House District 11
Rep. Wendi Stearman and John Kane are running to represent House District 11. (NonDoc)

(Update: On Tuesday, June 28, John Kane won election to represent House District 11.)

After one term in office, Rep. Wendi Stearman (R-Collinsville) boasts on her campaign website that she is the most conservative member of the Oklahoma House. In the tomorrow’s Republican primary election for House District 11, Stearman faces cattle rancher John Kane, who takes issue with Stearman’s fundamental beliefs about the purpose of government.

No other candidates have filed to run in the district, which encompasses parts of Rogers, Washington and Tulsa Counties, including Bartlesville, so the GOP primary will decide the next representative.

Kane and Stearman spoke with NonDoc about their philosophies and policy priorities in advance of the election. Polls will be open from 7 a.m. to 7 p.m. on June 28.

Making friends at the Capitol

Kane said in an interview that he decided to run because he saw “room for improvement” in the way Stearman represents the district.

“I think some of what I’ve seen missing is that effort to build relationships within that Republican caucus in the House of Representatives, to help foster good conservative legislation through,” Kane said.

Stearman says on her website that “the State Capitol is not the place to go ‘make friends.'”

Kane also said he also wants to be closer to the people of HD 11.

“I want to be more available, I want to be more present,” Kane said. “I want the people of our district feel closer to their state government.”

According to his campaign website, Kane started his career in banking before going into ranching with his father. Gov. Kevin Stitt appointed Kane to serve on the Oklahoma Tourism and Recreation Commission, but Kane resigned from the commission shortly after announcing his candidacy for the House.

Stearman said she decided to seek reelection because of the amount of support she received when she ran for her first term in 2020.

“I did not want to waste the effort that all these people put into getting me elected the first time,” Stearman said in an interview. “And so I was not willing to remove my name from the ballot.”

Stearman gained notoriety during her first term when she co-authored HB 4327, which prohibits physicians from performing abortions, with limited exceptions, and provides for an enforcement mechanism in which private citizens may bring civil suits against people they believe were involved in providing an abortion. The law was modeled on a similar measure that was passed in Texas last year.

Stearman said she did not initially plan for abortion to be the central issue of her candidacy.

“I ran on a platform of protecting individual liberty,” Stearman said. “I did not even plan on running pro-life when I campaigned, I just saw the opportunity, saw the effectiveness of that legislation, that law in Texas, and decided we’d be foolish not to try it.”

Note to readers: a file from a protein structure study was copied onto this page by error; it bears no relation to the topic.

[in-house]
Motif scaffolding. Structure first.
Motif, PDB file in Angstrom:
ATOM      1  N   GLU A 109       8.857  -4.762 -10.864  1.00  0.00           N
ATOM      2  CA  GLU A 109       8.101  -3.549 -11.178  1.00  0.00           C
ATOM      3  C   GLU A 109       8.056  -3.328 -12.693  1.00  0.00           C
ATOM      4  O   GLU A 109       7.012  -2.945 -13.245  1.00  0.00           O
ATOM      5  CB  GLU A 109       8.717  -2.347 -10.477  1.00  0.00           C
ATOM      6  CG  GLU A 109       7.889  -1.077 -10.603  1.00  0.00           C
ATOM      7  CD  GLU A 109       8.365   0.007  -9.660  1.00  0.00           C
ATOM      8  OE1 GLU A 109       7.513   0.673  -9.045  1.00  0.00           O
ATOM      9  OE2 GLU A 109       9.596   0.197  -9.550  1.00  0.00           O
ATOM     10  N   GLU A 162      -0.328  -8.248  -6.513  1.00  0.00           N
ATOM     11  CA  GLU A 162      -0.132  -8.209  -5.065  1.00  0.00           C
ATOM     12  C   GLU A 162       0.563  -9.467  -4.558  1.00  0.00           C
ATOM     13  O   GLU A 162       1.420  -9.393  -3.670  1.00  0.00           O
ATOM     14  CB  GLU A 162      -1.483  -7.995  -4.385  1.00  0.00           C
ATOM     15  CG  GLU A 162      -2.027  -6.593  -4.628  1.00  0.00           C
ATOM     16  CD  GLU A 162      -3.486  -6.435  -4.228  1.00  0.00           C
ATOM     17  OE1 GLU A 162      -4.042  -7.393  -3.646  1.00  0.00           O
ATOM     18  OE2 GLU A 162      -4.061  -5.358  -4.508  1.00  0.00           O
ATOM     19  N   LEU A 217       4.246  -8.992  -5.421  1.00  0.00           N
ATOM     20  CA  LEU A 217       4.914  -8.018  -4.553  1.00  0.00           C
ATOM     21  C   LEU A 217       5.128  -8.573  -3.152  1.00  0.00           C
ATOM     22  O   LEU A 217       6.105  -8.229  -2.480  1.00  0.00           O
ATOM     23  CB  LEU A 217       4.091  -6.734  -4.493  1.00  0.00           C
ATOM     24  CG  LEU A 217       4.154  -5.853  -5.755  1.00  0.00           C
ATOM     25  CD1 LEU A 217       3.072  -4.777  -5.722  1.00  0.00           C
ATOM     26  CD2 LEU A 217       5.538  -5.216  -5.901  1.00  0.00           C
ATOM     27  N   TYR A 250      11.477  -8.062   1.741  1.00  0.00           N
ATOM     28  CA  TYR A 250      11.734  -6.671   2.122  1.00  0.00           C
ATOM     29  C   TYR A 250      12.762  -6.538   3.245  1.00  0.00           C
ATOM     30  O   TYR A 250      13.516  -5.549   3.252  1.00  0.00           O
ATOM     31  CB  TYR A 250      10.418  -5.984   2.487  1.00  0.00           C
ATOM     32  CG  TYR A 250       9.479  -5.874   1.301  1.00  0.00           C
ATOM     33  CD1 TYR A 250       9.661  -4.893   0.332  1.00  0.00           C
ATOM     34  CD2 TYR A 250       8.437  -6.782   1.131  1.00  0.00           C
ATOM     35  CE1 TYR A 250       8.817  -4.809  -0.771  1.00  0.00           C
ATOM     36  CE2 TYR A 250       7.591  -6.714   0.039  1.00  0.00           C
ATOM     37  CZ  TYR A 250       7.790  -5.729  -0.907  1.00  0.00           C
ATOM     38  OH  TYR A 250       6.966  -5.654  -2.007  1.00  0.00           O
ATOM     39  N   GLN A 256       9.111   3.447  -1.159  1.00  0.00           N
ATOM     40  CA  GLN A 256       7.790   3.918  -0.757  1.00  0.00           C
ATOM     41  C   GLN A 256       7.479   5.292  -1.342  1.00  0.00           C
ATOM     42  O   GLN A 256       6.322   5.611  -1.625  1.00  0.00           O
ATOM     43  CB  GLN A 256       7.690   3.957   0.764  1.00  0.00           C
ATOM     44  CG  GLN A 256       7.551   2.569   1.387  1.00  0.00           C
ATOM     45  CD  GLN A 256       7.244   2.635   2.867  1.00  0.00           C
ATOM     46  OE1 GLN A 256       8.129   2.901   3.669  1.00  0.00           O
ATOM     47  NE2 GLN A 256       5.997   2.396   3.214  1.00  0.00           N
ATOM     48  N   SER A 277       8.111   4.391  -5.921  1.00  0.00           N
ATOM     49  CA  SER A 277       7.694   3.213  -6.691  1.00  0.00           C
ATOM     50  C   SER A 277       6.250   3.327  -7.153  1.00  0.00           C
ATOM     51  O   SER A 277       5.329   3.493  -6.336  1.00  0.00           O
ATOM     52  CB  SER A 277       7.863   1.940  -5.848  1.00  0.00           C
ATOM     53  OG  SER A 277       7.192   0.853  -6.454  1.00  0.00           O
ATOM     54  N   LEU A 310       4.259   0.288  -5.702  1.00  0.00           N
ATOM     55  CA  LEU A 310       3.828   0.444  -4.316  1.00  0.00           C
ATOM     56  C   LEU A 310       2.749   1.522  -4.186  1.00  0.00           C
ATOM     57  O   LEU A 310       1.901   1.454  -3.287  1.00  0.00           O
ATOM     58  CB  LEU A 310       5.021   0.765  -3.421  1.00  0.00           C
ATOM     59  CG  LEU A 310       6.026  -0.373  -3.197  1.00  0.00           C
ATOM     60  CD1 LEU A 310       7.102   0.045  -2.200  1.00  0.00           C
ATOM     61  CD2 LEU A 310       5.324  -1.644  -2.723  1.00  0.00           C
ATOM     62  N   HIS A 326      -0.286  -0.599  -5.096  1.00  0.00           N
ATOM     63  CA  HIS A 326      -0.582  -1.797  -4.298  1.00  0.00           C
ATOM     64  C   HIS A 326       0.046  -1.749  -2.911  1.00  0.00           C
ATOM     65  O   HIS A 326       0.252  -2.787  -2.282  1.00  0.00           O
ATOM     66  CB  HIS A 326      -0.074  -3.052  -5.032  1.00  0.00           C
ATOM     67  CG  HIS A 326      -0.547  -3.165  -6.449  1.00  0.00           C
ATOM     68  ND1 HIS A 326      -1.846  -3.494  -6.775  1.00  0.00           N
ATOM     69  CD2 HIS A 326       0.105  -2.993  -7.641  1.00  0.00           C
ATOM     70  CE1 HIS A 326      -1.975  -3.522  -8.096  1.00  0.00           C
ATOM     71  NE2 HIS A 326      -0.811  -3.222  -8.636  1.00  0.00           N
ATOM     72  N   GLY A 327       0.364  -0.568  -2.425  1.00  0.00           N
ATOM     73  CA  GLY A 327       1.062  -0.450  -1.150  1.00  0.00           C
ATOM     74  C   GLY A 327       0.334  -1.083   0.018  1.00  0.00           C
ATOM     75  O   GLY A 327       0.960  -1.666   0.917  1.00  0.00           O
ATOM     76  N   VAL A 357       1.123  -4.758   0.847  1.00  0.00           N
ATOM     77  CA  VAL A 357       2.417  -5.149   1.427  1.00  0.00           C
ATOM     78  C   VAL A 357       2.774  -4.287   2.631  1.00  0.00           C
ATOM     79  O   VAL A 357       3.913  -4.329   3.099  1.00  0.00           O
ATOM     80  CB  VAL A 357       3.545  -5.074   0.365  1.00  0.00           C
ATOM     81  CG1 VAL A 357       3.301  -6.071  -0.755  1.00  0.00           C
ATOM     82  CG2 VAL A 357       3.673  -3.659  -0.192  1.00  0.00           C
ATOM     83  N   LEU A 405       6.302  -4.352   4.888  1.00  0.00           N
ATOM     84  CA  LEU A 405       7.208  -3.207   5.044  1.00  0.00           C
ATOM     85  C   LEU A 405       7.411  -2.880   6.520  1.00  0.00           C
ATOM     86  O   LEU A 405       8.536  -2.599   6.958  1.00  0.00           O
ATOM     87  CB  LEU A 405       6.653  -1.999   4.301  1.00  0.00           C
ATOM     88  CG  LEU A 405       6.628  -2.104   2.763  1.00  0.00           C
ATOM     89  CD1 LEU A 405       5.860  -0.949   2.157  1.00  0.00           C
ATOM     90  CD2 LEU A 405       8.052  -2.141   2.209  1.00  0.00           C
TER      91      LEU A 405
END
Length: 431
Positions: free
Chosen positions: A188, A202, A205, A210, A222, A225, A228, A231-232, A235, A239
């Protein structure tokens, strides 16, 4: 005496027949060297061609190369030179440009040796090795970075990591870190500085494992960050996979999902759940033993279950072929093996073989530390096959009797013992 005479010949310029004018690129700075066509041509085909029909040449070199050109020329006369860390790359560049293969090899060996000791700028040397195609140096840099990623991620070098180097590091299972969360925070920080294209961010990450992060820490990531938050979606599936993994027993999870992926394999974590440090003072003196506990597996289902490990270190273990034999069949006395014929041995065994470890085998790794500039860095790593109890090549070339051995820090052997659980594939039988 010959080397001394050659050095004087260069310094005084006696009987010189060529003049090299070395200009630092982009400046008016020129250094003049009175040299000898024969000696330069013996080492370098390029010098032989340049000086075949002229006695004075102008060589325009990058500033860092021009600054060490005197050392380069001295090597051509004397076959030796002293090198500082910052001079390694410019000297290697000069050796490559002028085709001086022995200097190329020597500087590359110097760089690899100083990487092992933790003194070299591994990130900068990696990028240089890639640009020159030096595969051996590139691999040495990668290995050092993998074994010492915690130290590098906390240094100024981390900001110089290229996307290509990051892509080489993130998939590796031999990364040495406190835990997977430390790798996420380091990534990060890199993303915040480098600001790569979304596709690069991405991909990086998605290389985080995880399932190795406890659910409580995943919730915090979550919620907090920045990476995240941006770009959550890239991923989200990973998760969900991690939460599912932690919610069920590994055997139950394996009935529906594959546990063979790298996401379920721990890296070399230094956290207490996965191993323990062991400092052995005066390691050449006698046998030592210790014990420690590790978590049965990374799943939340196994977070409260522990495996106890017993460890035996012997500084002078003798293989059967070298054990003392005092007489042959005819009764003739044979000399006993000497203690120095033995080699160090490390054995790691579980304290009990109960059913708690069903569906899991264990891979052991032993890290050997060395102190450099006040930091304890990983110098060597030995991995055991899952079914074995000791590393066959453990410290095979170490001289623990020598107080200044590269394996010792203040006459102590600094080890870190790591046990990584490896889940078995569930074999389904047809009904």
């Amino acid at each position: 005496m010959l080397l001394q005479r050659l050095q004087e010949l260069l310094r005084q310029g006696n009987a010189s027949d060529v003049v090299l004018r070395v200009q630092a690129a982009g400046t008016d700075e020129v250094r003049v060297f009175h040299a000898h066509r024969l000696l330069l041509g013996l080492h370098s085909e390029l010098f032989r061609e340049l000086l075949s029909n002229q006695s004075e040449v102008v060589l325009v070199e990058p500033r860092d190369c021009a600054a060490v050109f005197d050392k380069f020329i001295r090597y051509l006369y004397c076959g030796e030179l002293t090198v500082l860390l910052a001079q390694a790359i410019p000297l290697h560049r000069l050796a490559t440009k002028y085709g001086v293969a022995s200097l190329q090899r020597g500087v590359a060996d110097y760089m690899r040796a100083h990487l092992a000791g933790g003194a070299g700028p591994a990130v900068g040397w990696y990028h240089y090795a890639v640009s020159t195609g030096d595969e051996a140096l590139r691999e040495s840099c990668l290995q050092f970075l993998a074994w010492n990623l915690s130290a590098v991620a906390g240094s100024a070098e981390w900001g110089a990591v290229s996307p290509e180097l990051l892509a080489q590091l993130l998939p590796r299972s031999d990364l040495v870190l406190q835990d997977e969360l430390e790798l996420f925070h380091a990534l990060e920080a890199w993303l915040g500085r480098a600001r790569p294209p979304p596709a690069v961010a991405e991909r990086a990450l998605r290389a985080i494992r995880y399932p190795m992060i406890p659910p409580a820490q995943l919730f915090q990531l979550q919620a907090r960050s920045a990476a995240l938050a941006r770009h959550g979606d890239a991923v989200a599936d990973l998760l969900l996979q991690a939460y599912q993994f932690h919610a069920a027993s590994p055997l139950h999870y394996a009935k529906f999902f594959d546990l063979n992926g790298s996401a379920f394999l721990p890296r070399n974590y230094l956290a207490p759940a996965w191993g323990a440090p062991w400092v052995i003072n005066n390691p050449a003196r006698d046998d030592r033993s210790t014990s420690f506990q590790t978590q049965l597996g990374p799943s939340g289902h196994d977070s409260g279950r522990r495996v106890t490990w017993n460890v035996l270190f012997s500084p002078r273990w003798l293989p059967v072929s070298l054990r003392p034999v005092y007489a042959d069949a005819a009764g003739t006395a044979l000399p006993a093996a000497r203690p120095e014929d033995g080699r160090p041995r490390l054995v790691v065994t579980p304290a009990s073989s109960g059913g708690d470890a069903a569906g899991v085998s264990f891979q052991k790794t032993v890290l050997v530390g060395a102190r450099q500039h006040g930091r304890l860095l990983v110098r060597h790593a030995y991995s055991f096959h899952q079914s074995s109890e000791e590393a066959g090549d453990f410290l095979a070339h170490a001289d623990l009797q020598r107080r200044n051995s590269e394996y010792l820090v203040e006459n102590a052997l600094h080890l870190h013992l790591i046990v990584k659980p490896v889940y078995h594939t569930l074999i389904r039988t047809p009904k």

According to her campaign website, Stearman was raised in Broken Arrow and settled in Washington County in 2007. She and her husband have six children.

‘Clearly, we do not agree’

If she gets reelected, Stearman said that she wants to “continue what I’ve already started.”

“I thoroughly enjoy being a part of the Administrative Rules committee, examining what’s coming out of the state agencies and the rules that they’re passing and interacting with them” Stearman said.

Stearman also sits on the Appropriations and Budget Committee and the Public Health Committee, and she is the vice chair of the State Powers Committee.

In addition to opposing abortion, other issues she mentions in her campaign include promoting gun rights and parental rights.

Kane said that if he is elected, he will prioritize “conservative Christian values” and education. He also wants to see more “enforcement of our own marijuana laws.”

To improve education, Kane said, “the only (option) I’m not open for is throwing more money and doing the same thing, because we’ve done the same thing my entire life, and we’re sitting right where we’ve always sat (in national education rankings).”

Kane also said that he would have supported the incentive package passed by the Legislature in April meant to lure a Panasonic battery plant to Pryor. Stearman was one of 17 representatives who voted against the bill.

Both candidates agreed that they disagree about the role of government.

“Clearly, we do not agree, and the difference really is our view of government,” Stearman said. “I believe that the role of the representative is to represent the individual against an ever-growing government and to protect those rights.”

“He believes that government should do good for citizens, and I disagree with that,” Stearman continued. “I think that the good the government does is to restrain itself and protect rights.”

Kane said that he thinks government has a specific role to play.

“My opponent has said that she thinks that government is inherently evil…,” Kane said. “I think there’s a place for good government, and I am for limited government.”

“If you go in with that negative of an attitude, how can you really be part of making government serve the role that it’s intended to serve in a positive way?” Kane asked.